April 7th 2020
In response to the COVID19 pandemic, the Alabama Department of Corrections is re-opening the solitary confinement wing of Draper Correctional Facility. At least 300 cots are being added to the dilapidated prison in order to house incarcerated people infected by the virus. This information was brought to us by an anonymous person incarcerated at Elmore C.C., who was told of the plan by a correctional officer. As usual, the ADOC has refused to confirm, deny, or give any comment on the situation.
Draper C.F., built in 1938, was condemned by the public health department and decommissioned in March 2018 due to structural and environmental concerns including severe black mold, open sewage running throughout the facility, and toxic fumes. This was described by the DOJ’s April 2019 report on the Alabama prison system. Since then, part of the facility has still been used for vocational and educational programming. Our inside correspondent explained his fear that “you will have inmates with a deadly respiratory disease living in toxic conditions with no medical care. So bottomline, that’s a deathzone”.
The condemned facility is part of a larger prison complex which includes Staton C.F. and Elmore C.C., and is just a few miles from the Frank Lee Youth Center work release program. Despite the steeply climbing rate of COVID19 in Alabama, housing transfers between these facilities are still taking place. This is extremely concerning because out of the already overcrowded facilities clustered around Draper C.F., only one of them (Staton) has an infirmary, which can only house a few people at a time. Based on the spread of COVID19 in other federal and state correctional systems, we know that it is only a matter of time before we see a new humanitarian disaster in Alabama’s prisons.
[Map by the author]
Moreover, Elmore county is severely medically underresourced. According to a recent study on Alabama’s medical infrastructure, Elmore is among counties with the lowest number of hospital beds per person. Elmore Community Hospital already has multiple patients with COVID19 and no intensive care units. This is not unique, as most prisons in the region are located in rural areas with minimal medical infrastructure.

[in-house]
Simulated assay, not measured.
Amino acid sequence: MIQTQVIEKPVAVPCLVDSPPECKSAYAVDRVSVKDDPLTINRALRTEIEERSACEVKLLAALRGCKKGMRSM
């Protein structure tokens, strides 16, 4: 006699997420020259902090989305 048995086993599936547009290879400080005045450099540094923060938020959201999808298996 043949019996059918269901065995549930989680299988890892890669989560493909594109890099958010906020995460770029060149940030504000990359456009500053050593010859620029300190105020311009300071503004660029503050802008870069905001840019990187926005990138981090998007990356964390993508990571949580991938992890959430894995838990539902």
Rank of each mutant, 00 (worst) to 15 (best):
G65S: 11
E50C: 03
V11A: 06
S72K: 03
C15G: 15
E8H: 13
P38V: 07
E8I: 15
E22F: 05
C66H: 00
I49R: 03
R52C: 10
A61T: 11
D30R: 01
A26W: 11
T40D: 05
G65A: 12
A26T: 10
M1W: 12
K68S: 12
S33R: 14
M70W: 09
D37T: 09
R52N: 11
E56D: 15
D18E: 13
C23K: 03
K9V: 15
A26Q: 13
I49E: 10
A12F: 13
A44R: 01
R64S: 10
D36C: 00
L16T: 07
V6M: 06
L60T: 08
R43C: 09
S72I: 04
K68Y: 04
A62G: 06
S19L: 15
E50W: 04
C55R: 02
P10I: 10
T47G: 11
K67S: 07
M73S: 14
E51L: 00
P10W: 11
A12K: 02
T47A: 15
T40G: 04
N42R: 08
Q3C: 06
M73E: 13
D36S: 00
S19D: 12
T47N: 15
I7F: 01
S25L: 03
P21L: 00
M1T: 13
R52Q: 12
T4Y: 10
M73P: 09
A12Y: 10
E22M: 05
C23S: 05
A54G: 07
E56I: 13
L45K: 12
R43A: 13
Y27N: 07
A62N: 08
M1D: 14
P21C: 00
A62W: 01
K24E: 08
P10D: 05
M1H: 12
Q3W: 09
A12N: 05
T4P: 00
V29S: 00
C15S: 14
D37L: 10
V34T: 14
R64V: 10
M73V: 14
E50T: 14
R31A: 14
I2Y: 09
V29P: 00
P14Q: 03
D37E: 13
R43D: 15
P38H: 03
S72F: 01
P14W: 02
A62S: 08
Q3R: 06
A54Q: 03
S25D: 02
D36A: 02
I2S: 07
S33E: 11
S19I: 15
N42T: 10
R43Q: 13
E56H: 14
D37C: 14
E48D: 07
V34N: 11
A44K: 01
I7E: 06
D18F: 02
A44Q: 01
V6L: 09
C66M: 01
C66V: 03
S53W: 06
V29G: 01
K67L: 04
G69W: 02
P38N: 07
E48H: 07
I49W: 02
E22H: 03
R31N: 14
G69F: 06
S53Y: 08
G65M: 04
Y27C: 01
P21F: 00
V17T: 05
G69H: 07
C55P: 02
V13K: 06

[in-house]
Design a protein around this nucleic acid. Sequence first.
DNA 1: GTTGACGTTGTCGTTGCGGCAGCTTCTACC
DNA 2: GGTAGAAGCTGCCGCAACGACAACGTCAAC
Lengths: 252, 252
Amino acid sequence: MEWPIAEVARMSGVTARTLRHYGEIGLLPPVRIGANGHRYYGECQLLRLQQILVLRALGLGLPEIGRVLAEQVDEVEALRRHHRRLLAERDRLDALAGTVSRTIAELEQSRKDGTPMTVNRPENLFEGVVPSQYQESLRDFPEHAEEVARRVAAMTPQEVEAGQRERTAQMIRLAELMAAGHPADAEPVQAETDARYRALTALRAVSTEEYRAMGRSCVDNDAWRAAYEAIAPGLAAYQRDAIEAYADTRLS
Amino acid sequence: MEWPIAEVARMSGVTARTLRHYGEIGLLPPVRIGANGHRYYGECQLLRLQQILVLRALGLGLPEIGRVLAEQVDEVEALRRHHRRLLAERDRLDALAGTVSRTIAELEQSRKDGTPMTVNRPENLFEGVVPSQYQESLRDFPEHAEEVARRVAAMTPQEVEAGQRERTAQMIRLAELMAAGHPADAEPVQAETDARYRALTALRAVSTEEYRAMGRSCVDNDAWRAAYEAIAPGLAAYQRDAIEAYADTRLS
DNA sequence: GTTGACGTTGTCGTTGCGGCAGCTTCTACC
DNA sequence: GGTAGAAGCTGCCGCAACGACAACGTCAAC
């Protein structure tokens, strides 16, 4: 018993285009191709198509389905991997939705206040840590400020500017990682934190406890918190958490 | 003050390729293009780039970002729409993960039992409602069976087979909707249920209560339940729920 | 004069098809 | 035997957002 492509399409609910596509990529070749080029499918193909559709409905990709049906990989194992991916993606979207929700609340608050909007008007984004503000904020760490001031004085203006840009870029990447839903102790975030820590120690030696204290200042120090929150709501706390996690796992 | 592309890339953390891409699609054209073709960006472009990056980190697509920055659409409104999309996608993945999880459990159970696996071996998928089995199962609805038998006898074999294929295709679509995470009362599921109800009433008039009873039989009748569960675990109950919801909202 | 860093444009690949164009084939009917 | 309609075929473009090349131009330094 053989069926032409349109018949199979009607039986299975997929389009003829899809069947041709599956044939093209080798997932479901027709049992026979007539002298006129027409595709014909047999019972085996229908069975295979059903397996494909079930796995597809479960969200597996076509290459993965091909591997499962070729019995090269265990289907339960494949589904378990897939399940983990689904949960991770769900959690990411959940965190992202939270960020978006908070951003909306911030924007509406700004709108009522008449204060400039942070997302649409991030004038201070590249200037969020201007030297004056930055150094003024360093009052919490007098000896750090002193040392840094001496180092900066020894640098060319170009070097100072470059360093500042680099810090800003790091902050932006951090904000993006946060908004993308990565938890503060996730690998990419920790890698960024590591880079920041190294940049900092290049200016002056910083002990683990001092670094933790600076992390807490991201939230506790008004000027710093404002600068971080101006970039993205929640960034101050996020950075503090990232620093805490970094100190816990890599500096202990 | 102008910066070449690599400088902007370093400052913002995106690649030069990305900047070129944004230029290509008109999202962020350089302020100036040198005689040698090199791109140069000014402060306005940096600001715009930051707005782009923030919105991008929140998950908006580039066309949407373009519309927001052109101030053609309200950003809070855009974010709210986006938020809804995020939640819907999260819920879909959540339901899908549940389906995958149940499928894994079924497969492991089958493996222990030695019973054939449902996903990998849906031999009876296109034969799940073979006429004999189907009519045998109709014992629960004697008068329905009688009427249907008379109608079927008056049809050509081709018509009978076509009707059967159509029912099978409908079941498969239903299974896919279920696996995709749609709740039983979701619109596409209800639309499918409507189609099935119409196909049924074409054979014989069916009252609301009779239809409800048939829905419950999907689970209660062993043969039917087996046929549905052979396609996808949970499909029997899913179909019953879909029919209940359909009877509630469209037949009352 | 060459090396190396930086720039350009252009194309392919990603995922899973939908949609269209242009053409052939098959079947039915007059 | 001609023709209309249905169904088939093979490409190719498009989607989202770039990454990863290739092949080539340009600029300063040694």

[Graphic by Ramsey Archibald, edited by the author to highlight Elmore County]
A worker at Staton C.F. already tested positive on March 27th, and since then only 3 people at the facility have been tested. There is no solitary confinement block at Elmore or Staton, and the dorm layout makes it impossible for incarcerated people to physically distance. This suggests that there is a high likelihood of an outbreak there being covered up. Nonetheless, the prison administrations and the ADOC fail at providing even basic sanitation supplies, gloves, or masks to incarcerated people or staff. In fact, bleach is still considered contraband. “When it comes to guards, [Kay Ivey]’s throwing them to the wolves too, and then they’re taking it home to their families and communities”
“If you not on the end of a row, you sleeping next to 6 people within a 6 foot radius. How we gonna social distance?”
[Photo and quote from inside Elmore C.C. on April 6th 2020]
As our inside correspondent explained, “under these circumstances, the only viable option is mass release”, which several other states have already started carrying out through the CARES Act, compassionate release, and granting clemency. Despite pressure from the media, public health experts, and the Lt. Governor of Alabama, Kay Ivey continues to fail at mitigating imminent and unnecessary deaths on a massive scale.
Over a year after threatening to take over the ADOC, the Department of Justice must follow through on its April 2019 report by superseding the jurisdiction of the ADOC, and issuing mass releases without electronic home monitoring. At the very least, Wiliam Barr must issue the same order he gave for federal facilities, to release elderly and immunocompromised people from Alabama state prisons, and meanwhile provide necessary supplies to others.
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